“You can’t use up creativity. The more you use the more you have.” – Maya Angelou
In an amazing turn of events, the above quote, which I posted a few weeks ago, has never felt truer.
I’ve been busy the last couple of weeks. Good busy. Happy busy. Writing busy.
My new project, tentatively titled DEVIOUS, has been humming along. I’m a big plotter, so while I’ve done a bit of drafting here and there, I’ve mostly been working on the finer points of the story and making sure I’m bringing the most vibrant, memorable, real characters to the page as possible.
And while I’ve been busy, it seems that my imagination has been, too. I guess the more ideas I come up with for this story, the more ideas I have. And, even more importantly, the better those ideas become. Creativity isn’t a finite well, it’s a stream. Follow the stream, you find a river. Follow the river, you get to the ocean. Follow the ocean… the Earth is flat?? (idk.)
Either way, I feel like I’ve reached the ocean.
As I was sitting at my favorite coffee shop last Friday, making my way through my second cup of coffee, it happened. It started as a small, what if? in the back of my mind. A small lightning bolt – a boltlet, perhaps. Something that hammered home the theme of the book through a revelation about a minor character.
With a smile, I happily began typing up my boltlet thoughts (read: pounding on my keyboard like a gorilla). Then it happened again. A full-fledged strike this time. Electrified, I started typing faster, but the revelations just kept coming. It was so overwhelming that I had to sit back and let the thoughts simply play out. I’d be able to write down the relevant parts when my mind reached the logical conclusion.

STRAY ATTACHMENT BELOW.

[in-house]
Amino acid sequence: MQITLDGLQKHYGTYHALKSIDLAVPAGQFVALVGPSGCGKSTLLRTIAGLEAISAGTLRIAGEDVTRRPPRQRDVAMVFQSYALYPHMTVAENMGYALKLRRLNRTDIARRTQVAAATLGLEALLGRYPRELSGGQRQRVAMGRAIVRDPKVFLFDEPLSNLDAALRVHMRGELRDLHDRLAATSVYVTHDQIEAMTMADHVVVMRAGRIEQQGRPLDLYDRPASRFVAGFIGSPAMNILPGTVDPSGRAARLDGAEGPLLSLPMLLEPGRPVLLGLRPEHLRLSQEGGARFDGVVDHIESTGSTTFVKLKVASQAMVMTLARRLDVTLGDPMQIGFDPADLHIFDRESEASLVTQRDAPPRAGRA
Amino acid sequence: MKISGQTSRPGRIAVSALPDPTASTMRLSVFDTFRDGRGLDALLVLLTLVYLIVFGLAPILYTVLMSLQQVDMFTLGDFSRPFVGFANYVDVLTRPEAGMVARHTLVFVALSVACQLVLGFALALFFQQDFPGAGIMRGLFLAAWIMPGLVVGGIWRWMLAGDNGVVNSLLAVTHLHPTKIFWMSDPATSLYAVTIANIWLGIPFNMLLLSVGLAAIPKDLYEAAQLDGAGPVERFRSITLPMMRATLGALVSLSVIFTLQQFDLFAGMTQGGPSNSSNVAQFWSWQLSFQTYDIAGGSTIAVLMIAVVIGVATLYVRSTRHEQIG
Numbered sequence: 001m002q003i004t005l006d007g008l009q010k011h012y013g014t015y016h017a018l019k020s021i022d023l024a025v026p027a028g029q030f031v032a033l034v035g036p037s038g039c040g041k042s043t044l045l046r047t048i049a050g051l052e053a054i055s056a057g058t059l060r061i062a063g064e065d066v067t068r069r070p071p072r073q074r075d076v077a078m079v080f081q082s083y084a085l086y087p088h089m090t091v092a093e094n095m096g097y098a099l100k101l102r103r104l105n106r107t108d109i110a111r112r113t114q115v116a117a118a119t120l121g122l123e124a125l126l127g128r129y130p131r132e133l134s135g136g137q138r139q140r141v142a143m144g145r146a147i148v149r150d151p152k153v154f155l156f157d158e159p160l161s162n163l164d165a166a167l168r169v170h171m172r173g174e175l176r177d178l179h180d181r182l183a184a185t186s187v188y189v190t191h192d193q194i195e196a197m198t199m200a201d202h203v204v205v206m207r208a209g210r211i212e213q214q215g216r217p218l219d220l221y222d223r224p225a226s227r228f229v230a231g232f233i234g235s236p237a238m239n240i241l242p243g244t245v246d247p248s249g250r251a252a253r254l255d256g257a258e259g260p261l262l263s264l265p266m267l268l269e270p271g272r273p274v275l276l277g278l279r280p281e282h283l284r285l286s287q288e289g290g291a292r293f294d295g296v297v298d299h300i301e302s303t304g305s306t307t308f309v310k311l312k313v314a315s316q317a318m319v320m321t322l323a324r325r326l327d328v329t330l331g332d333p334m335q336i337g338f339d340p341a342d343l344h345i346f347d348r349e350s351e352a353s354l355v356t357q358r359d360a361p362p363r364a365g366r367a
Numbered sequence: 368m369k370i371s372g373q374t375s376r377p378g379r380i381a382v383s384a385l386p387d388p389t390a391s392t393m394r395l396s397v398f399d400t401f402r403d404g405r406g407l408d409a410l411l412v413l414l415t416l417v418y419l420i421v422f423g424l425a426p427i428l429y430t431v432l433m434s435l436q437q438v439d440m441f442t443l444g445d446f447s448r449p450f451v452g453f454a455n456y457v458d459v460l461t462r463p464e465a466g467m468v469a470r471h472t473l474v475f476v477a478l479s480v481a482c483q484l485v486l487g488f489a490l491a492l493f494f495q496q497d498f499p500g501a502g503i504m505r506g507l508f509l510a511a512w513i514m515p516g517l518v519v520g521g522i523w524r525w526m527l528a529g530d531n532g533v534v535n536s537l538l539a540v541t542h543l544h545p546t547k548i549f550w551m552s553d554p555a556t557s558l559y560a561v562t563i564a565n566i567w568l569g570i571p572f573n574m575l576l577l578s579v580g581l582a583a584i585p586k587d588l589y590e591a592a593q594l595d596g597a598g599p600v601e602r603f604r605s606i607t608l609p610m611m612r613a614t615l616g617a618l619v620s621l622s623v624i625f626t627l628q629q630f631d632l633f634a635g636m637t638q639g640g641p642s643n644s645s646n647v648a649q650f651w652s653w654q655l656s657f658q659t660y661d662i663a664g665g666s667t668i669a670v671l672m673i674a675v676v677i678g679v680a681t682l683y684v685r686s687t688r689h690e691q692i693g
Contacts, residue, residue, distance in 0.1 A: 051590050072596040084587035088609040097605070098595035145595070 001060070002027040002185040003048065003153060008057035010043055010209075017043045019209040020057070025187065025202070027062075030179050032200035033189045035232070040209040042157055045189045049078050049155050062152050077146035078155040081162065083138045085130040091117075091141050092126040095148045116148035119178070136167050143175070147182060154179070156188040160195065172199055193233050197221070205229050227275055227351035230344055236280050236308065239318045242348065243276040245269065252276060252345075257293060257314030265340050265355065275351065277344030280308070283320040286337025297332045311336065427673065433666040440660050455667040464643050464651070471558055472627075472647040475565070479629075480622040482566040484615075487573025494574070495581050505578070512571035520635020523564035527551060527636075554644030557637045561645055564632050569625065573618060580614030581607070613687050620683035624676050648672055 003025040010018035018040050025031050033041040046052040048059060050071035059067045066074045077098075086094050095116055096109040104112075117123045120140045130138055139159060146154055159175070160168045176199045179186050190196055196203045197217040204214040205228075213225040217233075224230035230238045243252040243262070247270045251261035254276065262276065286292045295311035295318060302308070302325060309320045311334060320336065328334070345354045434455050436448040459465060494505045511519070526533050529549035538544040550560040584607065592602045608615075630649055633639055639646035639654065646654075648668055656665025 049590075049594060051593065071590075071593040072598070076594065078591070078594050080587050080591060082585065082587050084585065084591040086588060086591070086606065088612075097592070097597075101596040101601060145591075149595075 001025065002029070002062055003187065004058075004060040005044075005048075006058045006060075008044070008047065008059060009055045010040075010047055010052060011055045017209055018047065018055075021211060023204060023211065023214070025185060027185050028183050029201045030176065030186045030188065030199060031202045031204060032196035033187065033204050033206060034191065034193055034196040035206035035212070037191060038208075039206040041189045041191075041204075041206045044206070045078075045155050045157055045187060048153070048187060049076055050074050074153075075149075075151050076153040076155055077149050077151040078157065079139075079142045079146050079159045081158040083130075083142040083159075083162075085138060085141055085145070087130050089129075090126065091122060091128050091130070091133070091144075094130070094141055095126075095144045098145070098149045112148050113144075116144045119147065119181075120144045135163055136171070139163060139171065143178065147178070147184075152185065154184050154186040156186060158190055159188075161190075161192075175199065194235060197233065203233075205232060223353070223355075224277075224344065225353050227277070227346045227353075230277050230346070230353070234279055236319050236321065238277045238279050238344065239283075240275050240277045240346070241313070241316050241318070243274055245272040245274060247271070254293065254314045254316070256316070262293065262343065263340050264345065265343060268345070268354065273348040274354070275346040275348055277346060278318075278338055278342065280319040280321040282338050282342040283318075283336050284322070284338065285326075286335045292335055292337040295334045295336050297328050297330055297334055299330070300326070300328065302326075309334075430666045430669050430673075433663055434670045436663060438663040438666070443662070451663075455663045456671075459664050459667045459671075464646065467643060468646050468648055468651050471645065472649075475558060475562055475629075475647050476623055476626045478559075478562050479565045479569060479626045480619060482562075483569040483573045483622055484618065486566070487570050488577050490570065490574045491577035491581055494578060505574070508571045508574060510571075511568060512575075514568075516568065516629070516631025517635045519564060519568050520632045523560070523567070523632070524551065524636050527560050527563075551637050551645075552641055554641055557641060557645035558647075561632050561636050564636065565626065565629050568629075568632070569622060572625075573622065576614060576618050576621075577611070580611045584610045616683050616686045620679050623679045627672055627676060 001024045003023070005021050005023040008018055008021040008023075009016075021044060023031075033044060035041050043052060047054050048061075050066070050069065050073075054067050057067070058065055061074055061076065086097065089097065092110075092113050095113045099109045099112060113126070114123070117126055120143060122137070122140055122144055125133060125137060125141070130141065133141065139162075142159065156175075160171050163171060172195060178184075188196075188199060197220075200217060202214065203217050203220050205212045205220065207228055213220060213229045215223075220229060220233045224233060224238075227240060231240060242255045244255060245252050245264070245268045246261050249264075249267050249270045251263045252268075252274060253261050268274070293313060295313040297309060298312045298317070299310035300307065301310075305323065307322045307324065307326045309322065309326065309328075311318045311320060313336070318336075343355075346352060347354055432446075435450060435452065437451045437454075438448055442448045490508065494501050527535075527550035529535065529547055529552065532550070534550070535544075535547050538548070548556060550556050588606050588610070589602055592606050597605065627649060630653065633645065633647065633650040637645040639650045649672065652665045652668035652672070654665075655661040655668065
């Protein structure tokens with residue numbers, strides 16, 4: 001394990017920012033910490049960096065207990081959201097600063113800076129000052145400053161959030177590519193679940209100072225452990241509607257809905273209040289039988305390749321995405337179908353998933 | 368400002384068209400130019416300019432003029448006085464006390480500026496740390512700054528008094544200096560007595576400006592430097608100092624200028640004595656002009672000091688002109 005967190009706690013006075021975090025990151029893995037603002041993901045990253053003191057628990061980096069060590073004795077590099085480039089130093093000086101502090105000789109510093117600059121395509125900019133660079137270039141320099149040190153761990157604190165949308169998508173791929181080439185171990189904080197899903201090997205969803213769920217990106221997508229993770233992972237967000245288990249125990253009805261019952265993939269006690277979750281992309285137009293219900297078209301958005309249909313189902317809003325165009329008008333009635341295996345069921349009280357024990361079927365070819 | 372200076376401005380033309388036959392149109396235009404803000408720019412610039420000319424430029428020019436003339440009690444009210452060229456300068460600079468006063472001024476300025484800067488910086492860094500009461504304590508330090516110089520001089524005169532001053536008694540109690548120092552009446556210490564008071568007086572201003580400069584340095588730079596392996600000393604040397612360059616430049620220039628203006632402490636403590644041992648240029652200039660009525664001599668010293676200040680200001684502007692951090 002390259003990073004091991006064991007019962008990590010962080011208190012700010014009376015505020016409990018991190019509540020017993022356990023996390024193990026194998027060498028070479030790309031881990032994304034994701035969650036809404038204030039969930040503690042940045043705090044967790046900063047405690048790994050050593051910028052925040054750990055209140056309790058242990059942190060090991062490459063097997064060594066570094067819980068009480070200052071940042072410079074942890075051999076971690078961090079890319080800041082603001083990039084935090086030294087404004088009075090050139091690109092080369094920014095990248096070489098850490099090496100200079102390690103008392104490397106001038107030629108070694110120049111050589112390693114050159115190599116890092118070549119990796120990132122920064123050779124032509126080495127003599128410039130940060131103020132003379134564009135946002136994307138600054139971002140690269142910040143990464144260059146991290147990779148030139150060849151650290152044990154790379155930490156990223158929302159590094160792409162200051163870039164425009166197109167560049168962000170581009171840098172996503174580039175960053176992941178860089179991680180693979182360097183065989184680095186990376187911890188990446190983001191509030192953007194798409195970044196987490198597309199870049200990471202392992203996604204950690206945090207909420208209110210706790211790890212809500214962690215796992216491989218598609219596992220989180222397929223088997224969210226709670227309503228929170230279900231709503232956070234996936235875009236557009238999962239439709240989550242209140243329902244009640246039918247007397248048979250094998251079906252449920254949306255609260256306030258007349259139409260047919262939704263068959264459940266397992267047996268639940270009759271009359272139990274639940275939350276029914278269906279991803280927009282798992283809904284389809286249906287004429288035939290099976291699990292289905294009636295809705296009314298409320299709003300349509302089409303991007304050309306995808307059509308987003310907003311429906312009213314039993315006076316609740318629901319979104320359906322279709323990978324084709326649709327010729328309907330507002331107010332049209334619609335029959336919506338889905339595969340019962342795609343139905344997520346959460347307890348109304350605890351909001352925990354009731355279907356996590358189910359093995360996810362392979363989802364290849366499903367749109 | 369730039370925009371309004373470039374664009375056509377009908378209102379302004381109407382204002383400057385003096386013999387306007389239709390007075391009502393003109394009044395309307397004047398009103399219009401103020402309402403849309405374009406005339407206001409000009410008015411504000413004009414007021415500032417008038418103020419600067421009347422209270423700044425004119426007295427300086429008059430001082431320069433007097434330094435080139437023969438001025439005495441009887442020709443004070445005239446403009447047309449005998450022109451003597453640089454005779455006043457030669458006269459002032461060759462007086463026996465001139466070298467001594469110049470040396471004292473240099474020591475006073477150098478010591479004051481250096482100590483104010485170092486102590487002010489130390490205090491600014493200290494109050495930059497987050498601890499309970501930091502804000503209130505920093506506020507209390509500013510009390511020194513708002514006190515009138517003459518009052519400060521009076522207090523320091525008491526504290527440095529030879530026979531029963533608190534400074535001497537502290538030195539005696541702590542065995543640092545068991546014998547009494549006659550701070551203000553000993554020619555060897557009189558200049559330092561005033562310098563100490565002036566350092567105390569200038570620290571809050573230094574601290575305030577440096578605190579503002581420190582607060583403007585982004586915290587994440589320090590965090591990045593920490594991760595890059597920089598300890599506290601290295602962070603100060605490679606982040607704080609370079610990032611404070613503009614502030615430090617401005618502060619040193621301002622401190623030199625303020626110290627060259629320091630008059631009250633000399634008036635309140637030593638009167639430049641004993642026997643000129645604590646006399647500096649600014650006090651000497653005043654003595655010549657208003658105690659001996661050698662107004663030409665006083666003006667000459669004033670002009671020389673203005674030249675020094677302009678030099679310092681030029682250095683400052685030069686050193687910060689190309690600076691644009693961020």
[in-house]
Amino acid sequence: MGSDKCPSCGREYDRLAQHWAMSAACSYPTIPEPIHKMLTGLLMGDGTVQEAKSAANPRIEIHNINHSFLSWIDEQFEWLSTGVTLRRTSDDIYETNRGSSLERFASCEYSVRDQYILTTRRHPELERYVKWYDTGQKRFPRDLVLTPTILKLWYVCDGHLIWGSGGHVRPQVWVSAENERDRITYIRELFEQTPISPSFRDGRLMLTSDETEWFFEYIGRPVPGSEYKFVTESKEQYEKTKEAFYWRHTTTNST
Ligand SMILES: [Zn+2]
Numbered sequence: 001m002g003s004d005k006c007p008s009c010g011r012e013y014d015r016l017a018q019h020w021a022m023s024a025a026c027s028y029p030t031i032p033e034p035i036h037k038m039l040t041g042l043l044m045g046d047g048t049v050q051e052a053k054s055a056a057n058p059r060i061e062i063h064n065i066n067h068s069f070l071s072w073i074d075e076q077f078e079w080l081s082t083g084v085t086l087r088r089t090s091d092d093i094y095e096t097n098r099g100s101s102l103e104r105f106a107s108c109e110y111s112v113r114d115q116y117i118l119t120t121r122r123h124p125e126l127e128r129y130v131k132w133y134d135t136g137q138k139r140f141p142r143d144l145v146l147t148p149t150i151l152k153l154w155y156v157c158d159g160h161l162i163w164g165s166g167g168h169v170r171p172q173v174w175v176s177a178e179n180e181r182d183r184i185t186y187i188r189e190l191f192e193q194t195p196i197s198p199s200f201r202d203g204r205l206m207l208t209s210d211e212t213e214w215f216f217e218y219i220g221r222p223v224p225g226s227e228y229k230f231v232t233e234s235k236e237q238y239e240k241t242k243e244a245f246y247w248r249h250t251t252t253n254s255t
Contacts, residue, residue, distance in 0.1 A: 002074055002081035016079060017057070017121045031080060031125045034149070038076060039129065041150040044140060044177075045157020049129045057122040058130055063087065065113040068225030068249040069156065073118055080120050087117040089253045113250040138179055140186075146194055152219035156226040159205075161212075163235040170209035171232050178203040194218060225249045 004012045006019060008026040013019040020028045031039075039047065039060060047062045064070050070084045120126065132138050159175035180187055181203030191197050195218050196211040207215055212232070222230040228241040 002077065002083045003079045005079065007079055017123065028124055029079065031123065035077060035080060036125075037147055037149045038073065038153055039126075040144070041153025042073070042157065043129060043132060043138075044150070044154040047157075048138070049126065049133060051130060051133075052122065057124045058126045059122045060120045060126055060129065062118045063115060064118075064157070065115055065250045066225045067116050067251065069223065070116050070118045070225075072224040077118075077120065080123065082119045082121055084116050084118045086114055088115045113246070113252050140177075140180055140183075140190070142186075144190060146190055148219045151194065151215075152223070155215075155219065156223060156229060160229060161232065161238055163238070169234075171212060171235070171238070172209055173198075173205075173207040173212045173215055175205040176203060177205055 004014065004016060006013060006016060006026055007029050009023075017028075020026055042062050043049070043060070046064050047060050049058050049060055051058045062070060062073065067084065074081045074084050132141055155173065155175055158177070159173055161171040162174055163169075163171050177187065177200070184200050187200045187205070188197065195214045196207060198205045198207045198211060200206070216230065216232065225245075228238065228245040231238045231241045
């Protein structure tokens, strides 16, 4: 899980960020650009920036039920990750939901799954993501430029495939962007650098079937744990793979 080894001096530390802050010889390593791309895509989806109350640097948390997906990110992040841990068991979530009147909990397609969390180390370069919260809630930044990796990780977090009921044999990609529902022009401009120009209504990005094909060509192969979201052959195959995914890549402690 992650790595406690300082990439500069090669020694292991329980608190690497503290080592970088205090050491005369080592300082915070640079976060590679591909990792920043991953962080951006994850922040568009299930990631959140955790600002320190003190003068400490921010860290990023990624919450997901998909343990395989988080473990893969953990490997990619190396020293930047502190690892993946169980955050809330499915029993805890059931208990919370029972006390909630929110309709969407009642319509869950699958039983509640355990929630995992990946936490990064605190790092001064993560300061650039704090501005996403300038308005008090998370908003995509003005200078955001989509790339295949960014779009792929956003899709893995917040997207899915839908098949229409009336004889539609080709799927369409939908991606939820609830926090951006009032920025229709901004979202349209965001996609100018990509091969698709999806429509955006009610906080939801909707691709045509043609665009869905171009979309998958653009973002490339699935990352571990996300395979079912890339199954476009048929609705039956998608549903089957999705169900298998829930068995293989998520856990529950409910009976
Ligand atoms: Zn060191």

By the end of the day the entire story had transformed. Not in a way that forced me to throw everything I’d already created away, but in a way that shifted the axis just a bit. In a way that made everything better.
It all worked. The project had now come together in a way I had never thought was possible. And damn it’s going to be a hell of a ride to write (and hopefully read!).
And even better – for the first time, I was actually more excited about this story than the one I’d just finished. I could finally see it. I could finally envision how it could be even better than what I’d just written (something I’d been struggling with for a while).
I guess the lesson to myself is this – don’t stop, no matter how repetitive or excruciating the work you’re doing may seem (i.e. figuring out the exact timelines of the plot, the backstories of the minor characters, etc.).
Creative lightning is never more than a breath away.